A 17-year-old private school pupil Rowan Thompson attacked and killed his mum Joanna Thompson at her home in Hampshire.
The teenager strangled his 50-year-old mother in her living room shortly after they returned from a morning jog and around 10 or 15 minutes later, returned to brutally stab her 38 times to the forehead, 64 times to the neck, and 16 times to the arm.
At 12.45pm on 1 July last year, Rowan phoned the police and announced:
‚ÄúI‚Äôve just killed my mum ‚Ä¶ I strangled her and I‚Äôve been stabbing her with various knives and whatnot.‚ÄĚ
The police officer who arrested Thompson at the home said the teenager was ‚Äúextremely calm and composed‚ÄĚ and ‚Äúseemed to be more concerned about his cat‚ÄĚ.
n October, the teenager who studied at the ¬£16,000 a year Churcher‚Äôs College in Petersfield, Hants was found dead.
Rowan was due to stand trial at Winchester crown court in October but was found dead at a secure hospital in Greater Manchester four days before.
Police said the death was not suspicious.
An inquest into the death of speech therapist Mrs Thompson heard that her son had been visiting her for the weekend, having recently moved to live with his father Marc Thompson who is a magician in Barnsley, South Yorks.
Mr Thompson said Rowan was ‚Äútroubled‚ÄĚ and had been failed by the system. He said Rowan had loved Ms Thompson ‚Äúto bits‚ÄĚ and knew the attack was wrong.
Speaking outside court, Rowan‚Äôs father, Marc, claimed more could have been done for the teenager during stays at two mental health units before the attack. He said Rowan identified as non-binary but was placed into a unit that segregated boys and girls.
Before the attack, Rowan was never aggressive, liked fencing, climbing, the Rubik‚Äôs Cube and wanted to become an architect, Mr Thompson added.
‚ÄúIt‚Äôs a case of a troubled young man who was struggling and has been failed. What he did tore him apart, he loved his mum to bits. He knew what happened was wrong, he couldn‚Äôt remember it to his dying day but he knew it was wrong.‚ÄĚ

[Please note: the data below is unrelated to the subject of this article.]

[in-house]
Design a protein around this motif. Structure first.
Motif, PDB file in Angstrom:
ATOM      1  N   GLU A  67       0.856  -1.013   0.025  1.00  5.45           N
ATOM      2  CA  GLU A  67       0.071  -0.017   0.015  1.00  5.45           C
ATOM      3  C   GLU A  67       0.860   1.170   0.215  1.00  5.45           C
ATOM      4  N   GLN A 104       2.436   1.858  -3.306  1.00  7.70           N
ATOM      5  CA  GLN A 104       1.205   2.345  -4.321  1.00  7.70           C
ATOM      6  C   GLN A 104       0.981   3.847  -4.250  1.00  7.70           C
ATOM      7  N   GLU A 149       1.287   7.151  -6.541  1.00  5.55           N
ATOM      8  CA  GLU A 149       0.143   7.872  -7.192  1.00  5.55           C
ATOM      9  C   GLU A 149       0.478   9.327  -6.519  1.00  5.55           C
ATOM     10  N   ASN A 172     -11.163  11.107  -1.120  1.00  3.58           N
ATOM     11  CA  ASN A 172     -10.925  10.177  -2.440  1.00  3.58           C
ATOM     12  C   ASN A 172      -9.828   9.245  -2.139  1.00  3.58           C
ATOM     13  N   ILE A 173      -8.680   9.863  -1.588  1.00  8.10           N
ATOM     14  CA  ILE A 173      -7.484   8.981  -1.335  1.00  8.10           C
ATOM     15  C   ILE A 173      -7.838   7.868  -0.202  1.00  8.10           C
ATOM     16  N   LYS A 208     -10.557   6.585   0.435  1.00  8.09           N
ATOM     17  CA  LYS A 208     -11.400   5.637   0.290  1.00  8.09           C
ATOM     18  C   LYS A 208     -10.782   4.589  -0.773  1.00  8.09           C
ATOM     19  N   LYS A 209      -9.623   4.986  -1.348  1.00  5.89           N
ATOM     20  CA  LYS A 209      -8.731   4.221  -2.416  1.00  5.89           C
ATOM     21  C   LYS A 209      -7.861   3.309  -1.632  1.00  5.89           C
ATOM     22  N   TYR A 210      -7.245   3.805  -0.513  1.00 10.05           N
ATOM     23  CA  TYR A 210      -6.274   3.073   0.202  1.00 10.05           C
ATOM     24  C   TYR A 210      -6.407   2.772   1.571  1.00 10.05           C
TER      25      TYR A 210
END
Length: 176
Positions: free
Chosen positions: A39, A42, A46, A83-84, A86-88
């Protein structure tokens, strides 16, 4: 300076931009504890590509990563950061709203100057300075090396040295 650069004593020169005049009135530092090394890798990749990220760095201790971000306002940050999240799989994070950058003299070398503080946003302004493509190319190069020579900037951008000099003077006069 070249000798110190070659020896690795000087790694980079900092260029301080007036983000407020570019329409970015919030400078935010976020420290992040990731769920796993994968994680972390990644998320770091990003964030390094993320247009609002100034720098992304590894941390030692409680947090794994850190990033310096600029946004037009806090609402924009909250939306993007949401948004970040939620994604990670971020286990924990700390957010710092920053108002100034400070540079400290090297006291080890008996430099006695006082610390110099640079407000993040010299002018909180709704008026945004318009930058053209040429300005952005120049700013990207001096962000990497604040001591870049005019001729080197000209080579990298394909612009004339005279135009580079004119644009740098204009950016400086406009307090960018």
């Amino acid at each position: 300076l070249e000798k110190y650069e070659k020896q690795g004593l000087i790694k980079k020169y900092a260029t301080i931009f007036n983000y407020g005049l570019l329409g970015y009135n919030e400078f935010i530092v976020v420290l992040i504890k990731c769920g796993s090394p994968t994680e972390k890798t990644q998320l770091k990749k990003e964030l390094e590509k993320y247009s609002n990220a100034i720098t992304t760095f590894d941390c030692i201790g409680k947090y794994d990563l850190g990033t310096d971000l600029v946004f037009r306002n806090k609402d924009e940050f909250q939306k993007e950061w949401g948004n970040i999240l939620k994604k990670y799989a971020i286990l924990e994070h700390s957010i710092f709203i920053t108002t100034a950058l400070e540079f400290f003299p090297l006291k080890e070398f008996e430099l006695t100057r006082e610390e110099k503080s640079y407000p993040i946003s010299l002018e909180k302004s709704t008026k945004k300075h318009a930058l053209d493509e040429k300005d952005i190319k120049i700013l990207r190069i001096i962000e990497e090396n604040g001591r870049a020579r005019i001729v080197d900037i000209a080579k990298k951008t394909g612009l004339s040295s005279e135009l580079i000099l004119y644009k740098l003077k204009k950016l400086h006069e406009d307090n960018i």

It was heard Thompson and his mother had ‚Äústressful‚ÄĚ conversations about his living arrangements on the night before her death and he felt she was ‚Äúcontrolling and over-bearing‚ÄĚ.
Thompson, who had changed his name from Ben after declaring he had ‚Äúno gender‚ÄĚ, had previously been admitted to mental health hospitals following a suicide attempt and suffered depressive bouts.
His shocking 999 call was played in court and they could be heard saying:
‚ÄúI‚Äôve just killed my mum. I need someone to arrest me as that‚Äôs what you do and an ambulance would be nice. I strangled her and I‚Äôve been stabbing her with various knives and whatnot. She‚Äôs not breathing ‚Ä¶ bring a body-bag or whatever you do. I‚Äôm 99.9% sure she‚Äôs not breathing.‚ÄĚ
He also told the 999 operator he ‚Äúput the knives in the dishwasher just in case‚ÄĚ.
After he was arrested on suspicion of murder, he told police ‚Äúthink it‚Äôs a bit more than suspicion‚ÄĚ.
Dr Basil Purdue, a pathologist, concluded that although Ms Thompson was unconscious, her heart was still beating when Rowan stabbed her 118 times.
Dr John Sandford, a psychiatrist, said Rowan had minor autism but added there was nothing to suggest the teenager was suffering from ‚Äúabnormal mental functioning‚ÄĚ.
But Mr Thompson claimed two other psychiatrists had ‚Äúopposing views‚ÄĚ and believed the teenager was ‚Äúmentally incapacitated‚ÄĚ.
Coroner Jason Pegg recorded a verdict of unlawful killing.
An inquest into Rowan‚Äôs death is expected to be held next year in Greater Manchester.
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